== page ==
The six phases of the joint targeting cycle provide a sufficient framework to analyze multi-domain targets. Phase 1, “Commander’s Objectives, Targeting Guidance, and Intent,” is crucial in providing clear and realistic expectations.6 Having a clear and concise intent using D4M effects gives the targeting team the maximum amount of latitude to meet the commander’s intent. This is essential to enable the centers of gravity (COG) analysis and identifying the decisive points; or, as described in JP 3-60, target system analysis (TSA).7
Unique MDO Targeting Planning Considerations in Phase 2 of the Joint Targeting Cycle
A planning factor for nonlethal effects is the amount of time and effort required to validate a target. Developing targets in the electromagnetic spectrum (EMS) and cyberspace requires more complicated techniques and specialized tools than lethal targeting. In order for an MDTF commander to conduct the necessary intelligence gathering in this phase, “Target Development and Prioritization,” the MDTF must have the required authorities to conduct intelligence, surveillance, and reconnaissance (ISR); or cyberspace, surveillance, and reconnaissance (C-S&R); and ultimately to produce effects in gray (e.g., noncombatant and combatant use) or red (combatant space) zones. For example, a Rivet Joint may derive signals intelligence (SIGINT) that provides an exploitable access point (e.g., a wireless hotspot or supervisory, control, and data acquisition data link) for cyberspace to begin conducting C-S&R, requiring the formation to be legally authorized by the national command authority to conduct the activity.
Once this process is complete, a different set of authorities may be required to refine the TSA of that system through cyber ISR (C-ISR). Once established, a cyber-support team will have to develop a tool that meets the commander’s intent for that specific system. All of this can take months to years and cost millions of dollars in asset time and man-hours. This places an additional calculation on the targeting team to provide the commander with a cost-benefit analysis estimation of whether using a specific tool for the mission is worth the expense. The assumption is once the tool is delivered it will not be able to be used again.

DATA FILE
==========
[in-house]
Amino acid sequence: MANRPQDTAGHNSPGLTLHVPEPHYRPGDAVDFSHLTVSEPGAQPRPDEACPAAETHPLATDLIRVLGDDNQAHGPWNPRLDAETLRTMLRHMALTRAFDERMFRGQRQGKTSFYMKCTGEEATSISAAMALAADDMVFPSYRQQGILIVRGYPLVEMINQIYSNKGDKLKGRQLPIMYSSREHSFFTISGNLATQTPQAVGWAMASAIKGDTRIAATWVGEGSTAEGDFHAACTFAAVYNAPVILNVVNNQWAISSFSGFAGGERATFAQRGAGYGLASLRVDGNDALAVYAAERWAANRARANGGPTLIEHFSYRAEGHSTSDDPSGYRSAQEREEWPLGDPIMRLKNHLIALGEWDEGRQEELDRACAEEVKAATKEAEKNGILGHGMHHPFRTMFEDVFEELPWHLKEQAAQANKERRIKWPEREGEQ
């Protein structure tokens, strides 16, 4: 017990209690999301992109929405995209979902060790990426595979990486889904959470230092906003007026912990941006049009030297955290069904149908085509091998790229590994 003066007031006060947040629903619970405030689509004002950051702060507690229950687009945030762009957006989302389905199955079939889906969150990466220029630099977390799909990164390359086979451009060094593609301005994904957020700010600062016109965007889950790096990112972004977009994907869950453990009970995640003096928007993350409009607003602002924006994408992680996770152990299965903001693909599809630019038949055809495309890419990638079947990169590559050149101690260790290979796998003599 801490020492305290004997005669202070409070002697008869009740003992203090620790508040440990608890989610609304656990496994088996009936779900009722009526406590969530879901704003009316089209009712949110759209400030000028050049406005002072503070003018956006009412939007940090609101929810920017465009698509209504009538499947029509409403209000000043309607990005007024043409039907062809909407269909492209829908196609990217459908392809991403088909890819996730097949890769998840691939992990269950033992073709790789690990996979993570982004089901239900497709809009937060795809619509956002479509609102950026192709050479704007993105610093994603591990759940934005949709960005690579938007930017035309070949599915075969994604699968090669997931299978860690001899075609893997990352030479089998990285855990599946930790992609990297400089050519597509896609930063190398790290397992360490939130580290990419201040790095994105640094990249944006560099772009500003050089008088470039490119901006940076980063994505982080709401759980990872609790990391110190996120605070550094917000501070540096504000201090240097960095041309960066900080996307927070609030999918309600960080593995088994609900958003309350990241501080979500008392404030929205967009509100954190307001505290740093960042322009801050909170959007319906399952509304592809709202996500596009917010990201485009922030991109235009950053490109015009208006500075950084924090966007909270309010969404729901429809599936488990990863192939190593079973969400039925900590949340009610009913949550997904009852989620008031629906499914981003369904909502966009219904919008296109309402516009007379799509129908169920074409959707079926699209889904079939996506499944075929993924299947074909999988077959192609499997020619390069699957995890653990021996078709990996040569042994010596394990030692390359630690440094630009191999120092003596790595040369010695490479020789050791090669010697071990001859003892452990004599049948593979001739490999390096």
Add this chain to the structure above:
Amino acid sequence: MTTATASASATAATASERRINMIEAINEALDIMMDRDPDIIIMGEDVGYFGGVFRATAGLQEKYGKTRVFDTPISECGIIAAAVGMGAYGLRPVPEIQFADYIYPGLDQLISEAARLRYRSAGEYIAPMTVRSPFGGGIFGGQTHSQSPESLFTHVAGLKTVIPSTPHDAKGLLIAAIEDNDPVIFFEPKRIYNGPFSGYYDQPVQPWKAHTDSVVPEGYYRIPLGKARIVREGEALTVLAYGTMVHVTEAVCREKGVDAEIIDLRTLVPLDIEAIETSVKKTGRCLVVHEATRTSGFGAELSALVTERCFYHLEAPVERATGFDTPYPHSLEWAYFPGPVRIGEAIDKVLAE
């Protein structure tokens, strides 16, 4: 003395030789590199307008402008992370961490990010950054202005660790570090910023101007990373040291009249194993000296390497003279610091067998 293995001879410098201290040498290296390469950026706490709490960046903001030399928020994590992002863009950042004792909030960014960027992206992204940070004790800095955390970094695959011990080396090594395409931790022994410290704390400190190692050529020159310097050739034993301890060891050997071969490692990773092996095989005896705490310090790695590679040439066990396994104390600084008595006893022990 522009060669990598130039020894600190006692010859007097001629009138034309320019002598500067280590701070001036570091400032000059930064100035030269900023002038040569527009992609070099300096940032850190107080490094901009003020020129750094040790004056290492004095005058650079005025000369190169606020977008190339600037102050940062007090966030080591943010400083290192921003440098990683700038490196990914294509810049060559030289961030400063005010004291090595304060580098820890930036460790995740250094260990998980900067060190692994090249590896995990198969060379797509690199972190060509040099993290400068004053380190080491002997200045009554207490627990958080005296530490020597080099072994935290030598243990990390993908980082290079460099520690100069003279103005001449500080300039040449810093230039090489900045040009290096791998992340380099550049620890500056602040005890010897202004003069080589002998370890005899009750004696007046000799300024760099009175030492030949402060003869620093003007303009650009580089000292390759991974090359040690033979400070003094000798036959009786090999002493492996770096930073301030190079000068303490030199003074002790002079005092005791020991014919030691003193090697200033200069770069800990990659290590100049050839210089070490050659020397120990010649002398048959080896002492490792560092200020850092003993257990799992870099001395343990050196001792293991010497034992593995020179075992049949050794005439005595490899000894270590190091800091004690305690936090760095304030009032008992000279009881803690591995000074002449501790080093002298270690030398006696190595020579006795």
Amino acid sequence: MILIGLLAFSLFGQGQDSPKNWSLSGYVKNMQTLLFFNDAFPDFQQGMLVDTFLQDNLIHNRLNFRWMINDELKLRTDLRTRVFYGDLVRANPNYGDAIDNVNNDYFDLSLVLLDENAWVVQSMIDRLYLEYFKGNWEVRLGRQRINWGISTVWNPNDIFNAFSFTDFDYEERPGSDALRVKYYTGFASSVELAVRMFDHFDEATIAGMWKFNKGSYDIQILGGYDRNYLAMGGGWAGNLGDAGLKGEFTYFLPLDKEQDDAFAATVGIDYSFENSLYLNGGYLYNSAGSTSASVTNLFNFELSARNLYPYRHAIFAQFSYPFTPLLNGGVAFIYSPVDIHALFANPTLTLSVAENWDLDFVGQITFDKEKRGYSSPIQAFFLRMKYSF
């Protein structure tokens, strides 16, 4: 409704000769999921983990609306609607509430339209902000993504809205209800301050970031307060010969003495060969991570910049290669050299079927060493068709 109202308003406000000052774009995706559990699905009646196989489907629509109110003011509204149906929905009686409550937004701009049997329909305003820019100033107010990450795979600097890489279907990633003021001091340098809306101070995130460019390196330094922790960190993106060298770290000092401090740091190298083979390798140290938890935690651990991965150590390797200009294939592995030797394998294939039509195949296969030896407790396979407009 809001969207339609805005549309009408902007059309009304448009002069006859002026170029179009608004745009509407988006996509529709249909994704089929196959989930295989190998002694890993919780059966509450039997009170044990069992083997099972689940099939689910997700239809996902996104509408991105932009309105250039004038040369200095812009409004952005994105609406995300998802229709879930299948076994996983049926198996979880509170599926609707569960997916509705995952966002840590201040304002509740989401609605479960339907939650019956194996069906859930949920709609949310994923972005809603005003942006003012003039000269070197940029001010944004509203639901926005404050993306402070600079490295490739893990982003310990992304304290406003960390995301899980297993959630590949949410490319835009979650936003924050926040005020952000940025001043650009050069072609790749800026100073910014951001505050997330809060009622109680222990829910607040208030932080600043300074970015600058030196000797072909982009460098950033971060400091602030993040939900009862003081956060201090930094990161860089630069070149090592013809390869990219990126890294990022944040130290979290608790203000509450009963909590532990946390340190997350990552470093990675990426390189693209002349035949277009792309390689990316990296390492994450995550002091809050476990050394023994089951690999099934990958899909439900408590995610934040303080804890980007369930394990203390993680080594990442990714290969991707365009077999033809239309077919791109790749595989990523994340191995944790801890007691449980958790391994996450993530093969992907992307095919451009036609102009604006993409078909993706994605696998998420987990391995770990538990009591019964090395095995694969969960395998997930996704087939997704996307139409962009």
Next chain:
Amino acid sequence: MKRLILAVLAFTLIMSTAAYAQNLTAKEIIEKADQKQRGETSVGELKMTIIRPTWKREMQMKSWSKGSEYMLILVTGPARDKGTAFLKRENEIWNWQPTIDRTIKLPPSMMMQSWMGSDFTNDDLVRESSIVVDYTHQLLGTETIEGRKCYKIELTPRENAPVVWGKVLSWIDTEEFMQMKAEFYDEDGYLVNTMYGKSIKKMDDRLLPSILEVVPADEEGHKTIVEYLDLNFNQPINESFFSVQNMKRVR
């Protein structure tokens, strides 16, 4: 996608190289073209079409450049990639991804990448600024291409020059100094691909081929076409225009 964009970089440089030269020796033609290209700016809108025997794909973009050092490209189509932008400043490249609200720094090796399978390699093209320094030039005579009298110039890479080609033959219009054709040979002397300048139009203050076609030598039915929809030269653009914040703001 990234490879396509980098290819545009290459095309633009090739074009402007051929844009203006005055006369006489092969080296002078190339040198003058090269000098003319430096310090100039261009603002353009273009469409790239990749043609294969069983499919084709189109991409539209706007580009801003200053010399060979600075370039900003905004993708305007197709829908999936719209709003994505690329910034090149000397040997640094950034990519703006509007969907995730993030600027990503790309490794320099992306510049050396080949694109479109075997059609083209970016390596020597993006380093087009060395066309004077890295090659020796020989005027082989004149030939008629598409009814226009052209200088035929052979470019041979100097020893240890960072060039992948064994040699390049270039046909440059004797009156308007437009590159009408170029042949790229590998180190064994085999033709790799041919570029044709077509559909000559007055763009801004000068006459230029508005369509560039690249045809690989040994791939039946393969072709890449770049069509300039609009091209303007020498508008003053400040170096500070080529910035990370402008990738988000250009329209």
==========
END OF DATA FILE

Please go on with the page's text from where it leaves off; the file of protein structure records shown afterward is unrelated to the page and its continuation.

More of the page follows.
For those interested in more closely examining joint multi-domain planning concepts, your attention is invited to the Future Joint Force Development’s Cross-Domain Synergy in Joint Operations Planner’s Guide. This guide organizes cross-domain planning information and activities for use by the joint staff, combatant commands, subunified commands, joint task forces, subordinate components of these commands, the services, and the Department of Defense agencies supporting joint operations. You may view or download the guide by visiting https://www.jcs.mil/Portals/36/Documents/Doctrine/concepts/cross
For example, the Stuxnet virus, which was delivered to Iranian nuclear research facilities, would have required extensive intelligence.8 The actor would have to determine who manufactured the centrifuge equipment, the model of equipment, the software running it, the hardware specifications, and how the system receives instructions from the outside world. From there, the actor would have had to analyze the entire code content of the software to find a vulnerability. Once the vulnerability is discovered, the actor would have to develop a virus that could spin the centrifuges out of control while providing a false picture (manipulation of data) to the operators so they would not see something was wrong until it was too late and the equipment was destroyed.
After the effect was achieved, the Stuxnet virus was discovered both in the Iranian system and on the internet. Several entities then decompiled its code in an effort to understand it and determine who delivered it. The Iranians then patched the vulnerabilities found in their software, rendering further uses of Stuxnet futile.